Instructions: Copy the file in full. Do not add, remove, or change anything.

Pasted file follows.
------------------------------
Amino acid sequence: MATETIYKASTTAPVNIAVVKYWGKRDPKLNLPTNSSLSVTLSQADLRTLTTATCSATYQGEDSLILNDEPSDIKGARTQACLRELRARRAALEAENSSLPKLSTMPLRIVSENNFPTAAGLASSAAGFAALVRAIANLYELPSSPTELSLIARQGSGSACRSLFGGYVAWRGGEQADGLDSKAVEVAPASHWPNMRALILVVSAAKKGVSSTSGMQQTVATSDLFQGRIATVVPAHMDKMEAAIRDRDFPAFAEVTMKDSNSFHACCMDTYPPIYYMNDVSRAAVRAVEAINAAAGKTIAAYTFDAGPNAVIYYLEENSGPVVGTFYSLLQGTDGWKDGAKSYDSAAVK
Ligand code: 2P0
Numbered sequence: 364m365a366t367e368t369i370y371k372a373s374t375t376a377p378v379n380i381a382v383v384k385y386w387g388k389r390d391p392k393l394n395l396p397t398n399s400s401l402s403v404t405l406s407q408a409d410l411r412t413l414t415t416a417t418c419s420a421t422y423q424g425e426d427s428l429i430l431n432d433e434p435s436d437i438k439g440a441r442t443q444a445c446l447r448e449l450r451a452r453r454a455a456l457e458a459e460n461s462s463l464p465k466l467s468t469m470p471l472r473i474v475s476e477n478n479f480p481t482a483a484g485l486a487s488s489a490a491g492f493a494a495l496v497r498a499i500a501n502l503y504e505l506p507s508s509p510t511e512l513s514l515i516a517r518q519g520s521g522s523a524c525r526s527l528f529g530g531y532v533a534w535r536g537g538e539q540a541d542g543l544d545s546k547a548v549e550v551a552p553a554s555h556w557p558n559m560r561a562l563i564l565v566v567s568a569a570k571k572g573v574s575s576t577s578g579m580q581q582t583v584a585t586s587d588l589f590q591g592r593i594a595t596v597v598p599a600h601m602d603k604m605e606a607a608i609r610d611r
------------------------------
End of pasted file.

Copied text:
Amino acid sequence: MATETIYKASTTAPVNIAVVKYWGKRDPKLNLPTNSSLSVTLSQADLRTLTTATCSATYQGEDSLILNDEPSDIKGARTQACLRELRARRAALEAENSSLPKLSTMPLRIVSENNFPTAAGLASSAAGFAALVRAIANLYELPSSPTELSLIARQGSGSACRSLFGGYVAWRGGEQADGLDSKAVEVAPASHWPNMRALILVVSAAKKGVSSTSGMQQTVATSDLFQGRIATVVPAHMDKMEAAIRDRDFPAFAEVTMKDSNSFHACCMDTYPPIYYMNDVSRAAVRAVEAINAAAGKTIAAYTFDAGPNAVIYYLEENSGPVVGTFYSLLQGTDGWKDGAKSYDSAAVK
Ligand code: 2P0
Numbered sequence: 364m365a366t367e368t369i370y371k372a373s374t375t376a377p378v379n380i381a382v383v384k385y386w387g388k389r390d391p392k393l394n395l396p397t398n399s400s401l402s403v404t405l406s407q408a409d410l411r412t413l414t415t416a417t418c419s420a421t422y423q424g425e426d427s428l429i430l431n432d433e434p435s436d437i438k439g440a441r442t443q444a445c446l447r448e449l450r451a452r453r454a455a456l457e458a459e460n461s462s463l464p465k466l467s468t469m470p471l472r473i474v475s476e477n478n479f480p481t482a483a484g485l486a487s488s489a490a491g492f493a494a495l496v497r498a499i500a501n502l503y504e505l506p507s508s509p510t511e512l513s514l515i516a517r518q519g520s521g522s523a524c525r526s527l528f529g530g531y532v533a534w535r536g537g538e539q540a541d542g543l544d545s546k547a548v549e550v551a552p553a554s555h556w557p558n559m560r561a562l563i564l565v566v567s568a569a570k571k572g573v574s575s576t577s578g579m580q581q582t583v584a585t586s587d588l589f590q591g592r593i594a595t596v597v598p599a600h601m602d603k604m605e606a607a608i609r610d611r